I believe the general idea of this is the following. Consider a target $\mathbb{E}[X]$ for a full data random variable $X$, and suppose that the observed data includes observing $W$. Suppose that we have a TMLE of $\mathbb{E}X$. One could define $\frac{1}{n} \sum_i X_i, \frac{1}{n} \sum_i \mathbb{E}(X|W_i)$, and analyze the TMLE- $\frac{1}{n} \sum_i X_i$ exactly same was as above.

For example, suppose that we have a general longitudinal data structure, $W_i=L_i(0),A(0),\ldots, L(K),A(K),Y$, and we define $\mathbb{E}Y_d$ as a mean outcome under a multiple time point dynamic treatment. We have a TMLE of $\mathbb{E}Y_d$, such as the one implemented in ltmle(). We might desire inference for $\frac{1}{n} \sum_i Y_{d,i}$, or $\frac{1}{n}\sum_i \mathbb{E}(Y_d|W_i)$. We have $\Psi_{\text{TMLE}} - \frac{1}{n}\sum_i \mathbb{E}Y_{d,i} = \Psi_{\text{TMLE}} - \mathbb{E}Y_d-[\frac{1}{n} \sum_i Y_{d,i}-\mathbb{E}(Y_d|W_i)]-[\frac{1}{n} \sum_i \mathbb{E}(Y_d|W_i)-\mathbb{E}Y_d)]$. The latter represents the $D_W$ component of the influence curve of the $\Psi_{\text{TMLE}}-\mathbb{E}Y_d$. The other component is a non-identifiable influence curve that subtracts out another component. So, we obtain conservative inference for $\frac{1}{n} \sum_i \mathbb{E}Y_{d,i}$ by using the influence curve of $\Psi_{\text{TMLE}}-\mathbb{E}Y_d$ without the $D_W$ component of its influence curve.

Regarding effect modification, if we have a discrete variable $V$, then a stratified TMLE applied to data with $V_i=v$ would obtain inference for $\frac{1}{n} \sum_i (Y_i(1)-Y_i(0))$ within strata $V_i=v$, for each $v$. To obtain inference for this $v$-specific SATE, one can use the conservative influence curve.

If one now wants to obtain inference for a difference of two $v$-specific SATEs, then the TMLE of this difference will still be asymptotically linear with the difference of the two $v$-specific non-identifiable influence curves. It is now less clear if ignoring the difference of the two non-identifiable components of their respective influence curves would still result in conservative inference. It would be worthwhile to research this. Since we have valid conservative inference for the $v$-specific SATE for each $v$, we could also decide to build a test based on comparing the two marginal confidence intervals (overlap), but this would by necessity be more conservative. If this inference for a contrast of $v$-specific SATEs happens to be problematic, then that might be an argument to instead focus on the effect modification parameter (contrast of $v$-specific SCATE).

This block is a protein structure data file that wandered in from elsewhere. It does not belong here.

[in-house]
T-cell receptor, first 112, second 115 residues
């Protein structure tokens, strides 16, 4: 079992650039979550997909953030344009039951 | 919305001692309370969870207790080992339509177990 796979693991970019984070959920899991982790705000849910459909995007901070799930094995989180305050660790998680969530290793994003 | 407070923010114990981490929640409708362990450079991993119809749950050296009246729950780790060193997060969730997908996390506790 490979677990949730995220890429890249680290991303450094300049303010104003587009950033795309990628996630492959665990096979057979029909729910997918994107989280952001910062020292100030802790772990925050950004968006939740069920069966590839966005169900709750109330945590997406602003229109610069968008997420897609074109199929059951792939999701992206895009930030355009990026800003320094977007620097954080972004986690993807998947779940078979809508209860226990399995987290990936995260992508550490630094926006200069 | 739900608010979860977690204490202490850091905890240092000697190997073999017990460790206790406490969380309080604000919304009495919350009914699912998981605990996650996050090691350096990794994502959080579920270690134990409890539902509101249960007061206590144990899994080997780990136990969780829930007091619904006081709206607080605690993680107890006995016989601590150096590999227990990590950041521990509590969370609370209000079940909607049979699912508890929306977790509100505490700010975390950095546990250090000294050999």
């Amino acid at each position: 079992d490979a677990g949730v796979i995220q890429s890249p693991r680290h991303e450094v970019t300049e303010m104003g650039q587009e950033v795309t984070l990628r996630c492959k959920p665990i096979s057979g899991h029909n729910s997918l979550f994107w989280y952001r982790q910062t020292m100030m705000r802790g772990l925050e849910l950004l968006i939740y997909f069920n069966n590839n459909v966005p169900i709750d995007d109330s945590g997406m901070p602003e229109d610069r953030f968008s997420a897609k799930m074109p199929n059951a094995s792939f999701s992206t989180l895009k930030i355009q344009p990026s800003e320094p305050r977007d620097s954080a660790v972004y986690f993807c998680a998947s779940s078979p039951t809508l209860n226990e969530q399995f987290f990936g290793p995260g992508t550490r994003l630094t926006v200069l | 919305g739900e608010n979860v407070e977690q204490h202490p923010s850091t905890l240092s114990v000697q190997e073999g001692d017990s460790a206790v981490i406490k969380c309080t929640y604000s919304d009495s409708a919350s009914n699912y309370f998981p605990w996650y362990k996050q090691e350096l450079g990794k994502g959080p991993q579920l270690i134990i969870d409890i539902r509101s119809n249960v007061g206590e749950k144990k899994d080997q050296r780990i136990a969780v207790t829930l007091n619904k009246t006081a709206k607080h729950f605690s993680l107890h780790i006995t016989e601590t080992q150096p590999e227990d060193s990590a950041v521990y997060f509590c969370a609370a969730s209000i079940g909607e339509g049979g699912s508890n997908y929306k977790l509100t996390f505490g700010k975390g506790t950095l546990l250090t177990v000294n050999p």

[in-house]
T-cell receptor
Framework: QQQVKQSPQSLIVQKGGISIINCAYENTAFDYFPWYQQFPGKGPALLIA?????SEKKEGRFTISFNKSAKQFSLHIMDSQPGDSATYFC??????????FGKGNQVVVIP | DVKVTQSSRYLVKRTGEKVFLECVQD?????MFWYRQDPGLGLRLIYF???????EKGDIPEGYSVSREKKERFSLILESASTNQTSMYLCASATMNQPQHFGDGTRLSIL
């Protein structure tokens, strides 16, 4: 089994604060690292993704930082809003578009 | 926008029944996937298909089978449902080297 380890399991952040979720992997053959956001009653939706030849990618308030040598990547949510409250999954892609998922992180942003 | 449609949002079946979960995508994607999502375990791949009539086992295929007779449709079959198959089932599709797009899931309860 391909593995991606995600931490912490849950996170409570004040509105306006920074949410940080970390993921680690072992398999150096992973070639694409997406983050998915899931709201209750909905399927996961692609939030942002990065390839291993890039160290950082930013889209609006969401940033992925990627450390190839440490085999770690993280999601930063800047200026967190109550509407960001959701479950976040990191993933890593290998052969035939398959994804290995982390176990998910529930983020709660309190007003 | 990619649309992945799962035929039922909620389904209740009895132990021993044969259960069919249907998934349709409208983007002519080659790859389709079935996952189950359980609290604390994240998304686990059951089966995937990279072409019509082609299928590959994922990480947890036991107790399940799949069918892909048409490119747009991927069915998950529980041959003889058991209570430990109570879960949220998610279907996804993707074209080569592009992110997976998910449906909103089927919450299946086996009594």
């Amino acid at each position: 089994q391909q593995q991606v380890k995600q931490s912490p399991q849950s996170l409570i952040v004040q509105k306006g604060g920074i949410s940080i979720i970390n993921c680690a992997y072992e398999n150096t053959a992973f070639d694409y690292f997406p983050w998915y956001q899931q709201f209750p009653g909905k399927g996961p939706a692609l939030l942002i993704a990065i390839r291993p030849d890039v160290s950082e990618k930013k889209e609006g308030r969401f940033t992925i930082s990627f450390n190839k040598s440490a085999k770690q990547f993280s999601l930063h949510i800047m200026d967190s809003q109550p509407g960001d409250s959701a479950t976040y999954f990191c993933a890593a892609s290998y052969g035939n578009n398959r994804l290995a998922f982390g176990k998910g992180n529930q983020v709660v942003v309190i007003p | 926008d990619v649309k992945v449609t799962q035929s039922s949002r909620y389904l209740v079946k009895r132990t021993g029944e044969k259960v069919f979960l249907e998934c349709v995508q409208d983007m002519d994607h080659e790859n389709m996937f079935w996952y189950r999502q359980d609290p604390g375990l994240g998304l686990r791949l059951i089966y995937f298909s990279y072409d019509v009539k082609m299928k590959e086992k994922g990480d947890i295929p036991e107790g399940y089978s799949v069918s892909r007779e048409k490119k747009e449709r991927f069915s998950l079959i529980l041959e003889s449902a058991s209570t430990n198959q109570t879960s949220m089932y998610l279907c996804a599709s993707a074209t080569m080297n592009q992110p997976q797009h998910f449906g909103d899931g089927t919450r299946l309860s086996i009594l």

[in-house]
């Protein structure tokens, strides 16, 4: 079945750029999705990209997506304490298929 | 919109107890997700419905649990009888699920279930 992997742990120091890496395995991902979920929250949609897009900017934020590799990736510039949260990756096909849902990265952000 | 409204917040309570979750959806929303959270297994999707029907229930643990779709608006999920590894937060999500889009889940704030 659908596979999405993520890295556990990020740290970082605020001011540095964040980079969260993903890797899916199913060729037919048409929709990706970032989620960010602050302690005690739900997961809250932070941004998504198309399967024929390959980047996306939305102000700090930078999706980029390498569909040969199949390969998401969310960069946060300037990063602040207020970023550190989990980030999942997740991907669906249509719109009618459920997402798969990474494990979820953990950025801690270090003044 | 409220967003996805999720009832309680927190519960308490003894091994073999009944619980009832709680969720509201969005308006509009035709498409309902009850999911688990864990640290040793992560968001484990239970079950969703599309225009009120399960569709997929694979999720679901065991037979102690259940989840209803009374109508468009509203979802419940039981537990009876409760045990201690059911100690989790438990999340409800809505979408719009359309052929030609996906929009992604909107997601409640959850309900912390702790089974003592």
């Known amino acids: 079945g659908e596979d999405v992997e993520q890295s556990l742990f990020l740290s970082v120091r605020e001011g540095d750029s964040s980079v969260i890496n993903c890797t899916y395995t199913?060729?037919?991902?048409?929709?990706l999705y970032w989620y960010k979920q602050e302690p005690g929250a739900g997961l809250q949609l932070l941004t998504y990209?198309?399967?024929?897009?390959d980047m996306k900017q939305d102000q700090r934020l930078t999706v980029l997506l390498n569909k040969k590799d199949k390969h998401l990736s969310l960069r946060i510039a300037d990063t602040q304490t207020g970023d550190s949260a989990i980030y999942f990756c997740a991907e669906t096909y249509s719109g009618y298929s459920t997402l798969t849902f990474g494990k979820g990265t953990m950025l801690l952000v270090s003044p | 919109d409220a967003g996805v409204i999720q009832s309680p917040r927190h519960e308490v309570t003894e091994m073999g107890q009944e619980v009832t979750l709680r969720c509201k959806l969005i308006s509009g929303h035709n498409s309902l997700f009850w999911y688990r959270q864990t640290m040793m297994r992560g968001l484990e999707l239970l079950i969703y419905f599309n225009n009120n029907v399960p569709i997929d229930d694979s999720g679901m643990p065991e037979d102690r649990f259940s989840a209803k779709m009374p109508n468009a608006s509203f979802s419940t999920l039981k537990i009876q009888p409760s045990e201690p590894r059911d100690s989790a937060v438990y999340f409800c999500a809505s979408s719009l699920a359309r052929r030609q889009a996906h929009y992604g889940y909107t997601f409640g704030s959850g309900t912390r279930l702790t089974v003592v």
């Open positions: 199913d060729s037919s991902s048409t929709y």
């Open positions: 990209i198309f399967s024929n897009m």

$\frac{1}{n} \sum_i \mathbb{E}(Y_1-Y_0|W_i,V_i=1)-\frac{1}{n} \sum_i \mathbb{E}(Y_1-Y_0|W_i,V_i=0)$ instead since for this we have an identified influence curve.

If $V$ is continuous, one might use a working MSM $m_\{\beta}(v)$ for $\\frac{1}{n} \sum_i \mathbb{E}(Y_1-Y_0|W_i,V_i=v)$ as a function of $v$. One can then use the TMLE of the beta in this working MSM (as implemented in ltmle e.g.). This would again correspond with using an influence curve that would remove a $D_W$ component of the regular influence curve of the TMLE of $\beta$.

So my basic answer to your question is that inference for the SATE based on the TMLE of the ATE can be generalized to general longitudinal data structures, and, one should be able to also generalize it to treatment effect modification by a discrete or continuous effect modifier $V$.

Best Wishes, Mark

P.S., remember to write in to our blog at vanderlaan (DOT) blog [AT] berkeley (DOT) edu. Interesting questions will be answered on our blog!